June 13, 2001 As part of a project funded by the NWO’s Technology Foundation (STW), a Groningen research team has investigated how flies react to the odours of such things as old pork, bread and chicken manure. The findings will be used to develop more effective flytraps, for example for use in stables.
Flies are attracted to decaying and fermenting substances but using such substances in flytraps is not practical because they dry out too fast and require a lot of maintenance. Synthetic combinations of odours which flies find attractive would seem to be a more effective solution. In order to determine what substances are attractive to flies, the biologists at University of Groningen investigated how flies smell.
Flies smell with special cells in olfactory hairs on their antennae and palps. When olfactory molecules bind to the olfactory cell, tiny electrical impulses are transmitted to the brain. An electrode placed at the base of the hair can measure these impulses and thus determine the reaction to an olfactory stimulus. The STW study showed that the majority of olfactory cells react to a variety of smells and that there are only a few specialised olfactory cells that distinguish one specific smell.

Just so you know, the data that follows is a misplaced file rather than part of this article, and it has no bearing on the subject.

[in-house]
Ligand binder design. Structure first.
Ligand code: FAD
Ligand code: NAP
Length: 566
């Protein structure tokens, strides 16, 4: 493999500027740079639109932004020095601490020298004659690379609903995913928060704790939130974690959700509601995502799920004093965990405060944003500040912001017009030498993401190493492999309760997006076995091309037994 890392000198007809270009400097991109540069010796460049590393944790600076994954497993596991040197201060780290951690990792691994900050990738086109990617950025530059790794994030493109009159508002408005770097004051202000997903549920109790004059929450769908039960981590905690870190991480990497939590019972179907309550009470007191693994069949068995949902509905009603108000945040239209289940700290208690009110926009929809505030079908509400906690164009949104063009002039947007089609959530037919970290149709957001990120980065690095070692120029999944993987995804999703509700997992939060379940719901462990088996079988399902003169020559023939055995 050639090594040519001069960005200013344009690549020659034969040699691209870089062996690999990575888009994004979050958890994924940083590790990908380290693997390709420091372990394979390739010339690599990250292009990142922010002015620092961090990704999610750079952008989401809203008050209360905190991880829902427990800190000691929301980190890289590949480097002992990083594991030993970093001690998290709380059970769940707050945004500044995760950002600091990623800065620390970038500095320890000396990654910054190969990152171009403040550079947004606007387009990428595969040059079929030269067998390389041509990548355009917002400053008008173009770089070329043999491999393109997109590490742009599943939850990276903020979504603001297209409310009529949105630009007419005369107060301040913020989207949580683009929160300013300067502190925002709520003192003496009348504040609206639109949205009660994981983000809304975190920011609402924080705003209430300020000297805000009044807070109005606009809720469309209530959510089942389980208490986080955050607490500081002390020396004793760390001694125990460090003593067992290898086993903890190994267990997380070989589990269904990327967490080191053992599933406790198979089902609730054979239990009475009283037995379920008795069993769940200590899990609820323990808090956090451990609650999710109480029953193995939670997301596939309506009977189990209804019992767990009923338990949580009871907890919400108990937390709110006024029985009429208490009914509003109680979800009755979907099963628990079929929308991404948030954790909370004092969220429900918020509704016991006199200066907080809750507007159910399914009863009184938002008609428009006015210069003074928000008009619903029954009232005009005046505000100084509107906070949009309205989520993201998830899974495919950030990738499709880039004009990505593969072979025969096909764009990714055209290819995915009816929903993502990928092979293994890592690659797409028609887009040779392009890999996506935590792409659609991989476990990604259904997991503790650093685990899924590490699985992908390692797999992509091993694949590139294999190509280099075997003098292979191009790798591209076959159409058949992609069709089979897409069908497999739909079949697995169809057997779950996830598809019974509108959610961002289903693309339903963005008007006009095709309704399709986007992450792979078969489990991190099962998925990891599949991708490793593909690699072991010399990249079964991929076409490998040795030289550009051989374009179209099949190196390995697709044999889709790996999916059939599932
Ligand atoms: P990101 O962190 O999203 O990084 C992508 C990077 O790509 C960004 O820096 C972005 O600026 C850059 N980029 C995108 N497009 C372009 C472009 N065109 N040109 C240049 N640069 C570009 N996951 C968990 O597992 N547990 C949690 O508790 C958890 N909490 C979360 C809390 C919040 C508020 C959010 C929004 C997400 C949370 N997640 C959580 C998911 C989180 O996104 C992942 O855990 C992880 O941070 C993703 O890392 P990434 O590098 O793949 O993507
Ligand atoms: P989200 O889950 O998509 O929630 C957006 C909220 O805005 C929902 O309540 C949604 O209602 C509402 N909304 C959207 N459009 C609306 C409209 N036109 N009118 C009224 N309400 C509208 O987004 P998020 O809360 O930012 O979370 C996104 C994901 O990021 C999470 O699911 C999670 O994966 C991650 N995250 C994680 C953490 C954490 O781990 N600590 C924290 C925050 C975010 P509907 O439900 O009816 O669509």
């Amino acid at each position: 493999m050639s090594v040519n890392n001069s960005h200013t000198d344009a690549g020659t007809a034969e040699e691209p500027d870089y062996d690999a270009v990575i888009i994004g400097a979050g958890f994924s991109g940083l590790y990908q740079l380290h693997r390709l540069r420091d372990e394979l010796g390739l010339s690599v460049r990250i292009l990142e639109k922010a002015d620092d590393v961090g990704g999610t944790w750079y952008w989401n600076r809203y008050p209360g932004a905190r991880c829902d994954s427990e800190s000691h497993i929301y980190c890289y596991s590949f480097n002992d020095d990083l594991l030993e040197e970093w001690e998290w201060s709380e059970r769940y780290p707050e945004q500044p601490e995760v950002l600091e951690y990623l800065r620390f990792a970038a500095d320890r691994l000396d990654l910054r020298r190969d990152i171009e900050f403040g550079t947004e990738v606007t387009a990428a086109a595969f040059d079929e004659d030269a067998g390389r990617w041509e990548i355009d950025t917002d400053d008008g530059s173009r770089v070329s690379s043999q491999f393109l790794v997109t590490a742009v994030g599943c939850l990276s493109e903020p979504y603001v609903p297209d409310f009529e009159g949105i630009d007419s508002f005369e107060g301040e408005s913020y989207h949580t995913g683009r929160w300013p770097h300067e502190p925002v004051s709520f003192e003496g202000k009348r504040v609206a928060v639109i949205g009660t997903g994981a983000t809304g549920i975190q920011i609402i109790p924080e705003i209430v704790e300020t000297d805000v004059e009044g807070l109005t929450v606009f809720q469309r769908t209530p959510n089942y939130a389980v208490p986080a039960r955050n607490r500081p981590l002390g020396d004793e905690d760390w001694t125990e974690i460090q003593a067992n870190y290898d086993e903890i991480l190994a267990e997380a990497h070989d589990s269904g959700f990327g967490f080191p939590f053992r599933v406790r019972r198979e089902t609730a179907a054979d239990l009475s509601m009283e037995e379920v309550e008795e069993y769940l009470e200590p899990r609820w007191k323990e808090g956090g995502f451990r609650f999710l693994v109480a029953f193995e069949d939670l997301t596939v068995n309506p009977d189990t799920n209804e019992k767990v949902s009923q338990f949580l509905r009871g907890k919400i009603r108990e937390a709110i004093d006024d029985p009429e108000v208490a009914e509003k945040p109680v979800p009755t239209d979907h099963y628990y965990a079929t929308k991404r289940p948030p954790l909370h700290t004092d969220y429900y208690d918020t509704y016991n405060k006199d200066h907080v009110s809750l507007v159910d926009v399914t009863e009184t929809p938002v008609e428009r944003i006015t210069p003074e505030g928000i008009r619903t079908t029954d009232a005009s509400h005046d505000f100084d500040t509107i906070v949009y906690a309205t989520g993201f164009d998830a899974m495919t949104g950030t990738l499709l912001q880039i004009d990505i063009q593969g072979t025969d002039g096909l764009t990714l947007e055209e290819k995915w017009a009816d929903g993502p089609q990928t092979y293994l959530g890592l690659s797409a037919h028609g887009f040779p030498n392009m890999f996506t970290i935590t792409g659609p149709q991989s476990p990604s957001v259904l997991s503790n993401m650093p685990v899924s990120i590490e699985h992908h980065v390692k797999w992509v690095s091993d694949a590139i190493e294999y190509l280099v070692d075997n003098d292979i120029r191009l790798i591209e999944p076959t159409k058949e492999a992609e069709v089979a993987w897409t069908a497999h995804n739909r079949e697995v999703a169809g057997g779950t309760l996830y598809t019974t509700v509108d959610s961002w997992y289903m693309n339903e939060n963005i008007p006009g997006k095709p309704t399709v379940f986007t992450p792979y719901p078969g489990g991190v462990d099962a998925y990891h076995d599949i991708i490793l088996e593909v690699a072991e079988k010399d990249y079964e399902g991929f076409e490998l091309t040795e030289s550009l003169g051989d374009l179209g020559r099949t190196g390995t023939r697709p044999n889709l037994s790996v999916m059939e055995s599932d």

The researchers measured a strong reaction for example, when the fly was stimulated with 1-octen-3-ol, a substance present in meat, and 3-methylphenol, which is found in chicken manure. For the fly, these substances are like an attractive perfume. However, flies are also sensitive to less predictable odours.
Because flytraps need to work effectively in areas with complex combinations of smells, such as stables, the researchers carried out tests in the presence of background smells. It was found that the flies were not much distracted by the background smell. This means that it may well be perfectly possible to use attractants or repellents effectively in areas where there is already a strong smell.
The researchers concluded that using the proposed attractive mixtures in traps can indeed help to control a whole population of house flies. The mixtures work on flies whether they are young or old, male or female, small or large. They also work in both clean areas and areas where there is already a strong smell. Future behavioural tests will determine whether the synthetic mixtures can in fact be used as attractants in flytraps.
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